What do you need to go out? What do you need to go to work? What do you need for the gym? Pare it down to the necessities and bring just that. I don’t bring my phone to my gym in Buenos Aires, and I only bring my iPod if I’m going to have it in playing in my ears the entire time. I don’t bring my entire wallet to go out at night. When you have a lot is when pickpockets have opportunity.

On a related note, you want to avoid taking out your whole wallet in public, or typing away furiously on your phone while waiting for a bus or in outside around others. Some people will be audacious enough to snap something right out of your hands and take off. This happened to one friend, whose reaction was the chase the thief down like a crazy woman, and she scared him into giving her back her BlackBerry. Still, you don’t want to be in that position.

Get a different purse and keep it in your lap

It’s happened to me and three other girls I know: Something disappeared from our over-the-shoulder purses. You might think you’re safe because it zips or clasps, but when you’re dancing or in a crowd, it’s not right in your hand (clutches are advisable) or jammed under your arm, and it’s at hand-level for passers-by. If you’re going to wear one, keep your hand on it at all times, and avoid crowds, especially at clubs or nights out when you might have had a couple drinks.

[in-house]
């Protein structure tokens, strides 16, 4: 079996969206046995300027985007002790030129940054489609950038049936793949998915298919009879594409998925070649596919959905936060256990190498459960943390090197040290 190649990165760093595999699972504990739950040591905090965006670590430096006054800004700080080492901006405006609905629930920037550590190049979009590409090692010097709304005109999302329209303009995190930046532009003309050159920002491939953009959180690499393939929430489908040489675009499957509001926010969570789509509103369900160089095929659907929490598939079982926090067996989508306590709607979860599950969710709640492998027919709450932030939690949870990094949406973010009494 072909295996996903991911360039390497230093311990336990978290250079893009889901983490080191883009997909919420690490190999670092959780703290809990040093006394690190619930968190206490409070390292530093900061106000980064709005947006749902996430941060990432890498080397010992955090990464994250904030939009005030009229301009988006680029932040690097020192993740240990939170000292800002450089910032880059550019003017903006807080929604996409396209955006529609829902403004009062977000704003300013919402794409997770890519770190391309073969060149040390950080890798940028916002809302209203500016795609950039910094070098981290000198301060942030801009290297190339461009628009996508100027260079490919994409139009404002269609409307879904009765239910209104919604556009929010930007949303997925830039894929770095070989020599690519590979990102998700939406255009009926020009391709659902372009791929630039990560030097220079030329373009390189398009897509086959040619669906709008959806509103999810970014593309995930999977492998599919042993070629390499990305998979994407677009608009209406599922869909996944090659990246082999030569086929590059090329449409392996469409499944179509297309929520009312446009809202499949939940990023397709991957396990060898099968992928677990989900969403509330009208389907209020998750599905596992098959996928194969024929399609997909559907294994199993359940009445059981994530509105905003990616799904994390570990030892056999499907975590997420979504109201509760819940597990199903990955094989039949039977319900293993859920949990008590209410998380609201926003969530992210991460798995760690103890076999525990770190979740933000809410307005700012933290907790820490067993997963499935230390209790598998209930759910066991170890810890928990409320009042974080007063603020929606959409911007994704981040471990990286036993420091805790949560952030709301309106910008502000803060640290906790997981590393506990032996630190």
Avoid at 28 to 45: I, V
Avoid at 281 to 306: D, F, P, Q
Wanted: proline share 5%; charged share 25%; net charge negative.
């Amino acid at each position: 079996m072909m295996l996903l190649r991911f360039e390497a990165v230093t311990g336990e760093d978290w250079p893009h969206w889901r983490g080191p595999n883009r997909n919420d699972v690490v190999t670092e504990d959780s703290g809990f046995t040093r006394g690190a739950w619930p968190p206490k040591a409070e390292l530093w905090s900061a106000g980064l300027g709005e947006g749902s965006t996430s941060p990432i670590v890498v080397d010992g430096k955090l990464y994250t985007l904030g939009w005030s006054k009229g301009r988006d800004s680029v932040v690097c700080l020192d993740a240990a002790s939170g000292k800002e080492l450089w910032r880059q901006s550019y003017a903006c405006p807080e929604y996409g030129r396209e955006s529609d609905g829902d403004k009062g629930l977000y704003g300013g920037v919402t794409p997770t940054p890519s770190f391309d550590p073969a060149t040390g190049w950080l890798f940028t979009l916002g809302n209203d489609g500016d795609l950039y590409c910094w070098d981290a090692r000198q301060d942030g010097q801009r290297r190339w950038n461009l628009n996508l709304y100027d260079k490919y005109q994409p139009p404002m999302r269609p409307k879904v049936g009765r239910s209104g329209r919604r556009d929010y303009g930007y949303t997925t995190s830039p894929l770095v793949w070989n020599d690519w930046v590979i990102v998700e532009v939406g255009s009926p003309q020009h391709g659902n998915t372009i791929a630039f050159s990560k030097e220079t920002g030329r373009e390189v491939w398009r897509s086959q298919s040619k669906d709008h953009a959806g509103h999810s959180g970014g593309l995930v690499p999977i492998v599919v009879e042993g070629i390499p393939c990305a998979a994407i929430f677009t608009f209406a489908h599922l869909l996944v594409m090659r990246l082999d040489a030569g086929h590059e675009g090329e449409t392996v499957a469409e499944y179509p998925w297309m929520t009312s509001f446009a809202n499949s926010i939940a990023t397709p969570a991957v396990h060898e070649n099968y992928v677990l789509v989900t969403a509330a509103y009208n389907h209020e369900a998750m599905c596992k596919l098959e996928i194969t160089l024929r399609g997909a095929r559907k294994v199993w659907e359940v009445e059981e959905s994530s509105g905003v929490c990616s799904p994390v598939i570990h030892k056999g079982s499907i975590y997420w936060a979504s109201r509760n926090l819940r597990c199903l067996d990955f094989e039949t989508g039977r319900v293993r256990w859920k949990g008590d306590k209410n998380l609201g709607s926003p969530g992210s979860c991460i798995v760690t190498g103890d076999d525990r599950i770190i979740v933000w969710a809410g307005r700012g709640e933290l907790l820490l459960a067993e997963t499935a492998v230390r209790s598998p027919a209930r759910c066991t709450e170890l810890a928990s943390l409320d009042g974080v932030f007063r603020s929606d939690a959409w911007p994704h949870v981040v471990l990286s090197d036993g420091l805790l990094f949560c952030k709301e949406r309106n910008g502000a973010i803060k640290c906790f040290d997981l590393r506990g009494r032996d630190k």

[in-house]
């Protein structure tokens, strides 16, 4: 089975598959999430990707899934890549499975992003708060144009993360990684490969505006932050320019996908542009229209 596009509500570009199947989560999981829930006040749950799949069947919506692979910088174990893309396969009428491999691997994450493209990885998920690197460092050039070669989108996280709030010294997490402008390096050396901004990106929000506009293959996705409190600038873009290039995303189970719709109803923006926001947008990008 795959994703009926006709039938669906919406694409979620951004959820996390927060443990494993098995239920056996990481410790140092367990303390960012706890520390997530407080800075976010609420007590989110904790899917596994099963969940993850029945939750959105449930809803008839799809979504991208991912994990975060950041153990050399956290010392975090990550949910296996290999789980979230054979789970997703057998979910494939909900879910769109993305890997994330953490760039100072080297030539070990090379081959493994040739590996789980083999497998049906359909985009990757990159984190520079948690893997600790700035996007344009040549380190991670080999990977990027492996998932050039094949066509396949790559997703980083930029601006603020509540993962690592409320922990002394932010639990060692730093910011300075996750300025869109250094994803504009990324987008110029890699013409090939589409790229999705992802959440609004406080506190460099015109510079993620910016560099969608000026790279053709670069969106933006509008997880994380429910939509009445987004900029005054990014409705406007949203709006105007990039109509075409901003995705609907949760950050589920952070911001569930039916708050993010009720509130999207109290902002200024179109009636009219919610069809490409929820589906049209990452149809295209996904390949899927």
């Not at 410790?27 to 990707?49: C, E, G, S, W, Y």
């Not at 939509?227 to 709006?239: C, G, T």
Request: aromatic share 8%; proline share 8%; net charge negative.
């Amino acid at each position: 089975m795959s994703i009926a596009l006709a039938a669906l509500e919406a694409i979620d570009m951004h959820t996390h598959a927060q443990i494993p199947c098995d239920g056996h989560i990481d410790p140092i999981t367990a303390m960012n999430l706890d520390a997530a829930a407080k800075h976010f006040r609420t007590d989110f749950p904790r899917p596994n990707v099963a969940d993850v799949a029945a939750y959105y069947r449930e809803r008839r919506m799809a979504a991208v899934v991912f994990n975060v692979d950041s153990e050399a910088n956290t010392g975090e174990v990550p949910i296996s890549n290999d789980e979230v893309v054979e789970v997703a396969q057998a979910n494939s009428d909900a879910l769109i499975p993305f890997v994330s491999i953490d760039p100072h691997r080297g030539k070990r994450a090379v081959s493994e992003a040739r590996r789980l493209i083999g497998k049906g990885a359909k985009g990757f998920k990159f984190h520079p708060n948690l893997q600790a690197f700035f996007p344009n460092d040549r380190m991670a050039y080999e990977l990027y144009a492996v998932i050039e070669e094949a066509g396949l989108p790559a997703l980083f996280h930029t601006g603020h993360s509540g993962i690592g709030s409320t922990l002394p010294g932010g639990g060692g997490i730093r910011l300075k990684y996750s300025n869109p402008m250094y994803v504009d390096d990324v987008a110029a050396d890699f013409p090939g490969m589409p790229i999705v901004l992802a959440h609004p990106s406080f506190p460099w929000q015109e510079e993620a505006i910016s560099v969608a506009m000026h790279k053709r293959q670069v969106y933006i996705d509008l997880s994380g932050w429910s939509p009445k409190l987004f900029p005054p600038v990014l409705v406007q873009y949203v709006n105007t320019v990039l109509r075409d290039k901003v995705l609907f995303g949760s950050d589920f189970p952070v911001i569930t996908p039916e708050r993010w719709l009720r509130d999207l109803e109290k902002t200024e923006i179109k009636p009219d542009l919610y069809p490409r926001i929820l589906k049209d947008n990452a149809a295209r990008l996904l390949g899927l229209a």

Wherever you are sitting, keep your purse in your lap, square in sight and to be extra safe, hand on top. When you and your friends are sipping coffees and wrapped up in conversation at a restaurant, you probably won’t notice someone making off with your purse sitting on the chair next to you, as was the case with a friend.

Watch the language

Speaking out loud in a language other than Spanish makes others think you are a foreigner or tourist and therefore easier to rob. It might not be fair, but that is how it is.

Know how much things should cost

This pertains to avoiding getting ripped off, which I consider a sub-genre of this topic. Before you reach for a product without the price prominently listed, ask what it costs. When you are in a cab, try to have a general idea of how much the trip will run, and keep an eye on where you are. Don’t be afraid to say something if you think a price is off, because if you’re not watching out for your money chances are no one else is. You don’t have to be rude, just politely assertive.

Look like you know what’s up

If you give off the impression you’re not an easy target, you’re not an easy target. Look attentive and determined, like someone who shouldn’t be messed with, and walk with purpose. More importantly, be attentive! Keep your senses alert for anything suspicious. Avoid spinning in circles trying to orient yourself, or taking out a map. Even if you don’t carry mace or a stun gun, as some of my friends do, you can still make suspicious people concerned about what might be in your bag. Dramatic? Maybe, but sometimes it’s what it takes.

(Perhaps) Avoid traveling in groups

There is no strength in numbers if you all are talking and walking focused on each other and your conversation. People from the U.S., and even many Europeans, tend to be louder than Argentines on the street, and moving in groups heard blocks away calls even more attention to you. Make sure you’re listening to and noticing what is around.

Take extra precautions where you know it’s more risky